“V for Vendetta” masks are a typical feature of many political protests since the eponymous dystopian movie came out in 2005 — but what if facial recognition technology was able to identify the face behind the mask?
We’re not there yet, but researchers are slowly and steadily making highly-controversial steps in this direction.
Academics from Cambridge University, India’s National Institute of Technology, and the Indian Institute of Science used deep learning and a dataset of pictures of people in disguise to try to identify masked faces with an acceptable level of reliability.
The research, published on the preprint server arXiv and shared in an AI newsletter, went viral after prominent academic and sociologist Zeynep Tufekci shared it on Twitter.
ohai a machine learning system that can identify ~69% of protesters who are wearing caps AND scarfs to cover their face. h/t @jackclarksf pic.twitter.com/ct3NvBL2BW
— Zeynep Tufekci (@zeynep) September 4, 2017
Stressing that the paper “isn’t that great”, Tufekci nonetheless points out that it’s the direction that’s worrying, as oppressive and authoritarian states could use the tool to stifle dissent and expose anonymous protesters.
In the study, researchers introduced a deep learning technique to detect 14 key areas of the face — mainly around the eyes, the tip of the nose and corners of the mouth — and then trained an algorithm to identify a face by forming a “star-net structure”.
The neural networks estimate the facial keypoints even when the face is disguised by caps, scarves and glasses.
In this series of picture, for instance, the algorithm measures the distance between facial keypoints and then uses it to identify them again in other images:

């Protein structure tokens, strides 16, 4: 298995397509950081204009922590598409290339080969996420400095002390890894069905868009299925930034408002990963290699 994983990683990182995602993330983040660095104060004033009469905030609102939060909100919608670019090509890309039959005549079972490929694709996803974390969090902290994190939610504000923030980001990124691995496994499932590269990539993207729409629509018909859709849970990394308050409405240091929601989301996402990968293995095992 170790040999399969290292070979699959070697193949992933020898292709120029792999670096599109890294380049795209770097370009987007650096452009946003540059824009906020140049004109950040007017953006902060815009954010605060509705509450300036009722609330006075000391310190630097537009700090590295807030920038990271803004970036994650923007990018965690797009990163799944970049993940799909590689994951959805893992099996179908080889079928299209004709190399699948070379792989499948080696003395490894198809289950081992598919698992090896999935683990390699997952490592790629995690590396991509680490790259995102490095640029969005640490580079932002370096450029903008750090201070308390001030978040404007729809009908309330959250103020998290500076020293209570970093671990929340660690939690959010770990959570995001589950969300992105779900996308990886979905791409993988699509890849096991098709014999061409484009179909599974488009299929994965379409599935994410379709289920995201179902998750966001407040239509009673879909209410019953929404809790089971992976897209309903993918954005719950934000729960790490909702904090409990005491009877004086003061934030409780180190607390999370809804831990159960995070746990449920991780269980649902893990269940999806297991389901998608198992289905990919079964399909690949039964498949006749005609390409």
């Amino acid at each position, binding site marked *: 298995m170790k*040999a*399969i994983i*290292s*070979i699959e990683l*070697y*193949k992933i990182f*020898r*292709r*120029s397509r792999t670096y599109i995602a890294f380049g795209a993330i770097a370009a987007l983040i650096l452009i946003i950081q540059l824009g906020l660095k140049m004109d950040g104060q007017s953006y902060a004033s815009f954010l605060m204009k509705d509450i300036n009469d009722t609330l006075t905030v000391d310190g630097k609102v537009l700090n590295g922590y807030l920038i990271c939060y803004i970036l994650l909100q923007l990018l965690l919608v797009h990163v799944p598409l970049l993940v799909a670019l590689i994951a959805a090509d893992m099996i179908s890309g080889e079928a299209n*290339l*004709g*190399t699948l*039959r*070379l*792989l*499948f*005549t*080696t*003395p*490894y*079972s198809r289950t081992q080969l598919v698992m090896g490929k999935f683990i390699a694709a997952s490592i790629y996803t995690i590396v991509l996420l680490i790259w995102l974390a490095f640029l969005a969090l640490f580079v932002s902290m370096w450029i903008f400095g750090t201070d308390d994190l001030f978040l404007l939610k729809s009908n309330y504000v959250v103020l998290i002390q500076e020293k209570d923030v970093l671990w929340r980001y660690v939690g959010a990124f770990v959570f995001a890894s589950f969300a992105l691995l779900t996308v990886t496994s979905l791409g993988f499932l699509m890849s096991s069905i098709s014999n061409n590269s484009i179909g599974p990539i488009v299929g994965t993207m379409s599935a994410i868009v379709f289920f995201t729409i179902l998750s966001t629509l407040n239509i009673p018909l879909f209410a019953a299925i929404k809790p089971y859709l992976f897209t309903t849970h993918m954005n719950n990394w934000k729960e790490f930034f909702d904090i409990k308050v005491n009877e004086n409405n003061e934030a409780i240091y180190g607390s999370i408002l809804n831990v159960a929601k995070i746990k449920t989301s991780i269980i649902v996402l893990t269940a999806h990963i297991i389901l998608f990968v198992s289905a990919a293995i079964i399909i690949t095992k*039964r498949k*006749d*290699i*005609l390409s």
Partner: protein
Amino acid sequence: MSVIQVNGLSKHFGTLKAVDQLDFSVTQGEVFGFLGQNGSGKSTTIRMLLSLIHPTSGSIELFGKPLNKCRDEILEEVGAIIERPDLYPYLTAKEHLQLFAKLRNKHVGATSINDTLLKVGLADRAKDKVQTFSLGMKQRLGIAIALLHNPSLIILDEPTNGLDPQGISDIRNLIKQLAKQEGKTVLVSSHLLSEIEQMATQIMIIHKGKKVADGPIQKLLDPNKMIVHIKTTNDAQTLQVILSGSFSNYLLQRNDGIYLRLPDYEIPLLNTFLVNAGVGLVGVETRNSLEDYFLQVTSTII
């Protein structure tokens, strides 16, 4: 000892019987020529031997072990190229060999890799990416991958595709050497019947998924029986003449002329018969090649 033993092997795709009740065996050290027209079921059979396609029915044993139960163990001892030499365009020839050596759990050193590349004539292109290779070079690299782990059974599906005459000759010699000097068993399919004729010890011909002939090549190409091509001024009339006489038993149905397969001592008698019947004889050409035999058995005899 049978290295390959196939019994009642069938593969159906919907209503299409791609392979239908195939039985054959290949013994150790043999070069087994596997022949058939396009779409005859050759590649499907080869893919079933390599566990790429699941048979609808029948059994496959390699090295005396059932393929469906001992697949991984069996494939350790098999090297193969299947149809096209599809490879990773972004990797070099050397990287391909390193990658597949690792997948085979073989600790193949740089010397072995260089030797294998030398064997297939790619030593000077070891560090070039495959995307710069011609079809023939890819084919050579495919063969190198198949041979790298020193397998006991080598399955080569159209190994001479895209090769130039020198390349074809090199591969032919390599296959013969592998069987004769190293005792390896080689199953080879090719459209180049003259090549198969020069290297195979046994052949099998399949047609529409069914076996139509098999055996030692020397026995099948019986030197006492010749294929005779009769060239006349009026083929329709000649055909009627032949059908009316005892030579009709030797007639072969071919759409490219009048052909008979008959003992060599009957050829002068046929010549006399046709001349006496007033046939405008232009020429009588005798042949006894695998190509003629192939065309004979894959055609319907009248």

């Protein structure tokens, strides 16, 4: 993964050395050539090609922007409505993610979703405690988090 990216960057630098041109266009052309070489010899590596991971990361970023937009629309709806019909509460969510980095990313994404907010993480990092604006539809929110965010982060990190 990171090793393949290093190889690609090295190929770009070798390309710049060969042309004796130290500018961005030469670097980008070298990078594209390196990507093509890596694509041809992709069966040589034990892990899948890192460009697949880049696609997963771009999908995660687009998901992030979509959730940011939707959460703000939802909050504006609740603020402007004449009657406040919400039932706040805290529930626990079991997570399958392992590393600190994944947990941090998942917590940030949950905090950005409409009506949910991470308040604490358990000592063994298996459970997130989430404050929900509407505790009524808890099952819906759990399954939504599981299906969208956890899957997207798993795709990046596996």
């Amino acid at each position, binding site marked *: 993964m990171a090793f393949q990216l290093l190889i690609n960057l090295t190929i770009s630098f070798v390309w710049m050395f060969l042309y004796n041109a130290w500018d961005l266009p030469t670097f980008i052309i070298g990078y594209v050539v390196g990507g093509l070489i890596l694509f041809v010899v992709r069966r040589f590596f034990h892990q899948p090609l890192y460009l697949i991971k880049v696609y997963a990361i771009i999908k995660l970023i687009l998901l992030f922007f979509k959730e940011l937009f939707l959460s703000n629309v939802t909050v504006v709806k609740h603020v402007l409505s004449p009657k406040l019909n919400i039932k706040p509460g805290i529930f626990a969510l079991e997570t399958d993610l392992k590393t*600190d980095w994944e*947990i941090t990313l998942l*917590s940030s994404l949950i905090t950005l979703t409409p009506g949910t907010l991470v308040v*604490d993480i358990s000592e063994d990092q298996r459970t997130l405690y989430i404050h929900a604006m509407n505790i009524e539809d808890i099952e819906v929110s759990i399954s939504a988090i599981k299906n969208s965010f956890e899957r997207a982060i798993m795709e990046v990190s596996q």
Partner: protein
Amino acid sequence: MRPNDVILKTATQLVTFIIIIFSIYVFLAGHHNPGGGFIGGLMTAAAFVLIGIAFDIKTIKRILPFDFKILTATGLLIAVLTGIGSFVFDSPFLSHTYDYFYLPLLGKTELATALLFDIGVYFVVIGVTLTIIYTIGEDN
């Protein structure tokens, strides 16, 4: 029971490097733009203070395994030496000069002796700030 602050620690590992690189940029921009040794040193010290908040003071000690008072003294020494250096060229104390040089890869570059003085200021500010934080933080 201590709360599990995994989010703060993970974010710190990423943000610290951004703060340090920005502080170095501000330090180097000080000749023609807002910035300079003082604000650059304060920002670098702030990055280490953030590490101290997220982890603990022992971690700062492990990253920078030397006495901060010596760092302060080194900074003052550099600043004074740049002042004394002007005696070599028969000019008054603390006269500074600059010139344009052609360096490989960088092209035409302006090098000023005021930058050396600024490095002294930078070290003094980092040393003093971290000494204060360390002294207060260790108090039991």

When we look at the results, though, they’re lagging behind industry standards by a significant proportion.
In case of a face concealed by a hat or scarf against photos of five people, the model was able to identify the person 56% of the time. With the combination of hat, scarf and glasses, the percentage fell to just 43%.
Experts like Patrick Huber, researcher at the University of Surrey, criticised the paper on The Verge saying it’s not “particularly convincing” and pointing out that using keypoints is not exactly the same as matching faces to mugshots.
Amarjot Singh, lead researcher of the study, agrees that the system is not at the point where it can be used in practice, but urges people not to dismiss the research.
“This, in my opinion, is the first promising AI (deep learning) based work that solved the problem of DFI (Disguised Face Identification), with a reasonable accuracy,” he tells Mashable. “It will get the ball rolling towards solving the DFI task.”
“The accuracy is not high enough as normal Face Recognition system but this isn’t the main problem,” he continued. “Our AI model is able to see and predict where a specific face part could have been even if it is not visible making it way superior to other Face Recognition systems.”
“The accuracy is less because it is a very difficult problem!”
A crackdown on dissent?
Facial recognition has been in use in UK and US enforcement agencies for a while.
In Britain, the first arrest attributed to it is from this year, though in 2015 Leicestershire police raised a controversy by scanning the faces of 90,000 festival-goers at Download Festival, checking them against a list of wanted criminals across the country.
According to a study published by researchers at Georgetown University’s Center on Privacy and Technology, about half of American adults — 117 million Americans — are already in a “law enforcement face recognition network.”
Amarjot Singh agrees with Tufkeci’s concerns that the system may be “misused” if they fall into the hands of authoritarian regimes, but points out that the models “can be used to take many criminals off the streets as well.”
But is the system able to identify protesters wearing Anonymous’ Guy Fawkes style masks?
Not yet, but we’re getting there, the researcher said.
“The system currently doesn’t work for these rigid masks as the algorithm tries to capture the structure of face of the person using facial keypoints,” he says.
“The structure of the face is not destroyed if only a part of the face is covered and the AI model can still predict where the hidden face part is supposed to be. However, the Guy Fawkes mask will cover the whole face which will make it difficult for the AI model to predict these keypoints. It is equivalent to someone getting a plastic surgery which changes the structure of the face.”
“We are currently working on accommodating the capability to work with rigid masks as well. We hope the new model will get this capability with the next few months,” he concluded.